Dugas, Charles, Bengio, Yoshua, Bélisle, François, Nadeau, Claude, Garcia, René

Incorporating prior knowledge of a particular task into the architecture of a learning algorithm can greatly improve generalization performance. We study here a case where we know that the function to be learned is non-decreasing in two of its arguments and convex in one of them. For this purpose we propose a class of functions similar to multi-layer neural networks but (1) that has those properties, (2) is a universal approximator of continuous functions with these and other properties. We apply this new class of functions to the task of modeling the price of call options. Experiments show improvements on regressing the price of call options using the new types of function classes that incorporate the a priori constraints. 1 Introduction Incorporating a priori knowledge of a particular task into a learning algorithm helps reducing thenecessary complexity of the learner and generally improves performance, if the incorporated knowledge is relevant to the task and really corresponds to the generating process ofthe data. In this paper we consider prior knowledge on the positivity of some first and second derivatives of the function to be learned. In particular such constraints have applications to modeling the price of European stock options. Based on the Black-Scholes formula, the price of a call stock option is monotonically increasing in both the "moneyness" andtime to maturity of the option, and it is convex in the "moneyness". Section 3 better explains these terms and stock options.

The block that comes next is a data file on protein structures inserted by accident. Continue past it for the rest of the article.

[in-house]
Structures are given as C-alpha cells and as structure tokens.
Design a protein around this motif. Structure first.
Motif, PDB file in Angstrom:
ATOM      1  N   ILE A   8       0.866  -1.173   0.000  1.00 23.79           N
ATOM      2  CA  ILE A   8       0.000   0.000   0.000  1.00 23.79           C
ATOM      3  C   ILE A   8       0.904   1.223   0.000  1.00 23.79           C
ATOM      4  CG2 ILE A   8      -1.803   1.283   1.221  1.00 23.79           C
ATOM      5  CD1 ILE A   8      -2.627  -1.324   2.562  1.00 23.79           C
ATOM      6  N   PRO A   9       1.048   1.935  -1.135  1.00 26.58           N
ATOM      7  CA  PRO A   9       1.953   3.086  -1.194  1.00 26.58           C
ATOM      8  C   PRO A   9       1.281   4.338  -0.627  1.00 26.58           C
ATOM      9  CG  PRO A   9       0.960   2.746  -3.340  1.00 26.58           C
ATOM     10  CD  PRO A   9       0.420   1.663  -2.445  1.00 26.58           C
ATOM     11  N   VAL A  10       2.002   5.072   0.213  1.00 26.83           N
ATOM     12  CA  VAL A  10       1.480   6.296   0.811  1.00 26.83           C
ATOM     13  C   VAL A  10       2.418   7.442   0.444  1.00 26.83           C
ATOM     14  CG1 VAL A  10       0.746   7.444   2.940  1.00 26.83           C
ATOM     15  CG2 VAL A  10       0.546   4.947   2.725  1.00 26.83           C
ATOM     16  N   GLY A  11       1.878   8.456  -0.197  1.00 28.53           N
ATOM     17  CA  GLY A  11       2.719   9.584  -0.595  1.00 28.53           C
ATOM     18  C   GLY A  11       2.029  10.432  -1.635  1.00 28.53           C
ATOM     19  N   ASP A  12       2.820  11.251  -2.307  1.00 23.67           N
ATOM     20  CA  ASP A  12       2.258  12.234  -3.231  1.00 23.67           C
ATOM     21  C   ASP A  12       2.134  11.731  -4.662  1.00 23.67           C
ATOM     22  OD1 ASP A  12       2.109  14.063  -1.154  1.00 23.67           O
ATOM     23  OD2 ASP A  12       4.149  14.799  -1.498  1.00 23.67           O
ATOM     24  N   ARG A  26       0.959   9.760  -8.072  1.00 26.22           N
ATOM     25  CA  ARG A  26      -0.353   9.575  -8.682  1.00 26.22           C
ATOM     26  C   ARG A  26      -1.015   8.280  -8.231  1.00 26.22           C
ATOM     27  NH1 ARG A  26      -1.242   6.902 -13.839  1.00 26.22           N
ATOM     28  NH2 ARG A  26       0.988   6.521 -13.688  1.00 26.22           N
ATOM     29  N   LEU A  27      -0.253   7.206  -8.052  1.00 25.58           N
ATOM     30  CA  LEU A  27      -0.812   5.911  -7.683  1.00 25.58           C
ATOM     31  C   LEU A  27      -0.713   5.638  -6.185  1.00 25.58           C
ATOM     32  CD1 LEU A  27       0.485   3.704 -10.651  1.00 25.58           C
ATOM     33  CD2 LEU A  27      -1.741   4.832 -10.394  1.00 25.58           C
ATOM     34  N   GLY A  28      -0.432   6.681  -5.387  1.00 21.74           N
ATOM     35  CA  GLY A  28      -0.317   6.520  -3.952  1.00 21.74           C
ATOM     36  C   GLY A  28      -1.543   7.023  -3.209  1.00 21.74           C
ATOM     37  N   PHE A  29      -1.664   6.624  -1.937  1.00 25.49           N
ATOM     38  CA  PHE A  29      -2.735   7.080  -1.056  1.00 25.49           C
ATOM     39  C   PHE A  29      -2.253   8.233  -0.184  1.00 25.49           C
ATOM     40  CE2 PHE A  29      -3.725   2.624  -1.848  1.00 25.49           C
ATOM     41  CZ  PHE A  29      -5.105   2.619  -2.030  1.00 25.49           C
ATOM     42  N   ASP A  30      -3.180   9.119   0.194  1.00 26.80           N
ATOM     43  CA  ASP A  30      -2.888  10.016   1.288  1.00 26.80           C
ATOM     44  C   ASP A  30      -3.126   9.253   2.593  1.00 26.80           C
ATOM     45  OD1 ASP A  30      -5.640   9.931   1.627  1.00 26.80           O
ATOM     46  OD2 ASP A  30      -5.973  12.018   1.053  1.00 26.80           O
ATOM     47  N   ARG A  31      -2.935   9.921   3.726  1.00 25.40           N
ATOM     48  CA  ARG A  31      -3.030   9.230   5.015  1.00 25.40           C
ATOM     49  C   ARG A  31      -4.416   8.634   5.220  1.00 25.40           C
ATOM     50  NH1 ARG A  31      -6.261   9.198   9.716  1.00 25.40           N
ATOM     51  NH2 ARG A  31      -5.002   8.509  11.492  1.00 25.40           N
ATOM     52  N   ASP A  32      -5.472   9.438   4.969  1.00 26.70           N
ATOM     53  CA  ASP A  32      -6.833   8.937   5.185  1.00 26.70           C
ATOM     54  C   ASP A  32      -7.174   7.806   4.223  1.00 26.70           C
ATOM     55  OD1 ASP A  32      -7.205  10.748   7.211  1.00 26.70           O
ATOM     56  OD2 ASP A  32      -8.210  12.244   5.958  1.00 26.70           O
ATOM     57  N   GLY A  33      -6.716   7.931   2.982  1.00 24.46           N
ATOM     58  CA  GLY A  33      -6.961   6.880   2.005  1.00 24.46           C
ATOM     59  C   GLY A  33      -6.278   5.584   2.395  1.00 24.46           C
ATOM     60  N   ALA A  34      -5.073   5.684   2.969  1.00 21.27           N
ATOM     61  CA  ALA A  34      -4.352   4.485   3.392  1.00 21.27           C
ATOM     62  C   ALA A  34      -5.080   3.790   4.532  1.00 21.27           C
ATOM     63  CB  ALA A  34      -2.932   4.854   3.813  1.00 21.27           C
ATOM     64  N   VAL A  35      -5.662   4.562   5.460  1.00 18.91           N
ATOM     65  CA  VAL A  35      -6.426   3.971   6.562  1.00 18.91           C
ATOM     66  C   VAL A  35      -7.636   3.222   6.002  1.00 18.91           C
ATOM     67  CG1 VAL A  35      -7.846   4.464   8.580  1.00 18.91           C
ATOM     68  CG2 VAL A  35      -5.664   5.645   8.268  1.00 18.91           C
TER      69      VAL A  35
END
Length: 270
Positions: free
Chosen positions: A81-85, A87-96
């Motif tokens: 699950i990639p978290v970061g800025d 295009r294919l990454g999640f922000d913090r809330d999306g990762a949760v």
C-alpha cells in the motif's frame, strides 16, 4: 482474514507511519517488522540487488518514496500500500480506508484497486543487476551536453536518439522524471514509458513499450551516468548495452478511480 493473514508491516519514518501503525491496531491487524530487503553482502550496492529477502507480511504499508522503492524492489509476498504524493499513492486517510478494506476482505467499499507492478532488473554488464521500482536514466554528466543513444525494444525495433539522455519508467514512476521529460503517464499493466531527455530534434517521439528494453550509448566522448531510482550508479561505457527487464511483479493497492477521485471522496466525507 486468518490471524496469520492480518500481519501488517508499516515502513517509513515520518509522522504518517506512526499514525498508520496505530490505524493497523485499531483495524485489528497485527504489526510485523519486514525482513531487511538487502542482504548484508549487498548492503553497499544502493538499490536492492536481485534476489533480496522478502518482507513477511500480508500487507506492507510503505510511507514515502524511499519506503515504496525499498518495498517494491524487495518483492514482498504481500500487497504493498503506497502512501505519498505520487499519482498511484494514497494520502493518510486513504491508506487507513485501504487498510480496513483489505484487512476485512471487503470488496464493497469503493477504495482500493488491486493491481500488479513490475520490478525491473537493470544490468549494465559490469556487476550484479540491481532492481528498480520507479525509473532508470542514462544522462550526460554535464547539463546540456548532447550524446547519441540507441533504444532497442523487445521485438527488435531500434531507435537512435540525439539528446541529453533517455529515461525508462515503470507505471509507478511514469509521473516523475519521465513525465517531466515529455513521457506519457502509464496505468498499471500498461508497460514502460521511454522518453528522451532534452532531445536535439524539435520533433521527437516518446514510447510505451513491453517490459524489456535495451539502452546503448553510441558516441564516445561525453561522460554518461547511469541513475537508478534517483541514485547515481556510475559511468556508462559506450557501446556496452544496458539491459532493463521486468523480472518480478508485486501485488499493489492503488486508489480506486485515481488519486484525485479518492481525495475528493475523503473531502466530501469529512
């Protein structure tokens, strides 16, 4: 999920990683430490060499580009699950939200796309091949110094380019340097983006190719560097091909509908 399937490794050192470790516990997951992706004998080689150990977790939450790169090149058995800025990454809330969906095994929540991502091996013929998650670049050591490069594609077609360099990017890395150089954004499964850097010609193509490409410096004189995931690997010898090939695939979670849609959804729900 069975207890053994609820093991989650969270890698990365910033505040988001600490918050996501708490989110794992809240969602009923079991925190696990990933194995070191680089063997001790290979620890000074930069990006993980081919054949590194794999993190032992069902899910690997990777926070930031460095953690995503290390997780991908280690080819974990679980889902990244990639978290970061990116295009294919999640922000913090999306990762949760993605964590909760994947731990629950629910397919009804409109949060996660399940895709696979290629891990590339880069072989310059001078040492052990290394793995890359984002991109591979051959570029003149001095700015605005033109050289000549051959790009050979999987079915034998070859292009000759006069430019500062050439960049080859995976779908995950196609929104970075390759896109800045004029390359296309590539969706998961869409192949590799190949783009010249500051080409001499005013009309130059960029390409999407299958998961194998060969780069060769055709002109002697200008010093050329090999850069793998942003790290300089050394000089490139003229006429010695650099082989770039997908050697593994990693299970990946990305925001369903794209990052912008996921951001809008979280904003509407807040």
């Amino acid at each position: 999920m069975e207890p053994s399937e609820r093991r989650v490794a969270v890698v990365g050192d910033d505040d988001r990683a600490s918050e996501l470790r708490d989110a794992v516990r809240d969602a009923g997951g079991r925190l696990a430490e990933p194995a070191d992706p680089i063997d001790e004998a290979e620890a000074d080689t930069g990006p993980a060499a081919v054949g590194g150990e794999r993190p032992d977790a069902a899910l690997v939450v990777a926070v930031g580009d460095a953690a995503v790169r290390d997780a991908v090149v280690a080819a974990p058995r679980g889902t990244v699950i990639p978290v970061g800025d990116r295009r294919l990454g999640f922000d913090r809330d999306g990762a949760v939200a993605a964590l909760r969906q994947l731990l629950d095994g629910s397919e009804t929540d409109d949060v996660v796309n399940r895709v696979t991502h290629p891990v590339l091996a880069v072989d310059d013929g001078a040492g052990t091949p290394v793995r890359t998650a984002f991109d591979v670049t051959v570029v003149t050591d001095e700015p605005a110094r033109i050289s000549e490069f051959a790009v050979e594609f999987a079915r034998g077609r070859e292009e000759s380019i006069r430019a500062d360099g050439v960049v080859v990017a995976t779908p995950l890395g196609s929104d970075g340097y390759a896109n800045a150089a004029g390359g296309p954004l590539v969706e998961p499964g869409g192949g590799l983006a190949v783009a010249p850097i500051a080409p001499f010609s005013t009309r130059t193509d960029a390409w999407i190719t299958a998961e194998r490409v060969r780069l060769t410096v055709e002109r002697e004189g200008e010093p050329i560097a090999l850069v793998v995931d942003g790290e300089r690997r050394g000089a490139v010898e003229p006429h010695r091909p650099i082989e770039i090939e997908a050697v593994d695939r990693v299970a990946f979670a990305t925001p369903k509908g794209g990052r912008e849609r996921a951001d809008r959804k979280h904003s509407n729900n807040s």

Hutchinson, Lo and Poggio raised the question that if learning works can learn the Black-Scholes formula, and they proposed the network mapping the ratio of underlying price to strike $S_t/K$ and the time to maturity $\tau$ directly into the ratio of option price to strike $C_t/K$. In this paper we propose a novel descision function and study the network mapping $S_t/K$ and $\tau$ into the ratio of time value to strike $V_t/K$. Time values' appearance in artificial intelligence fits into traders' natural intelligence. Empirical experiments will be carried out to demonstrate that it significantly improves Hutchinson-Lo-Poggio's original model by faster learning and better generalization performance. In order to take a conceptual viewpoint and to prove that $V_t/K$ but not $C_t/K$ can be approximated by superpositions of logistic functions on its domain of definition, we work on the theory of universal approximation on unbounded domains. We prove some general results which imply that an artificial neural network with a single hidden layer and sigmoid activation represents no function in $L^{p}(\RR^2 \times [0, 1]^{n})$ unless it is constant zero, and that an artificial neural network with a single hidden layer and logistic activation is a universal approximator of $L^{2}(\RR \times [0, 1]^{n})$. Our work partially generalizes Cybenko's fundamental universal approximation theorem on the unit hypercube $[0, 1]^{n}$.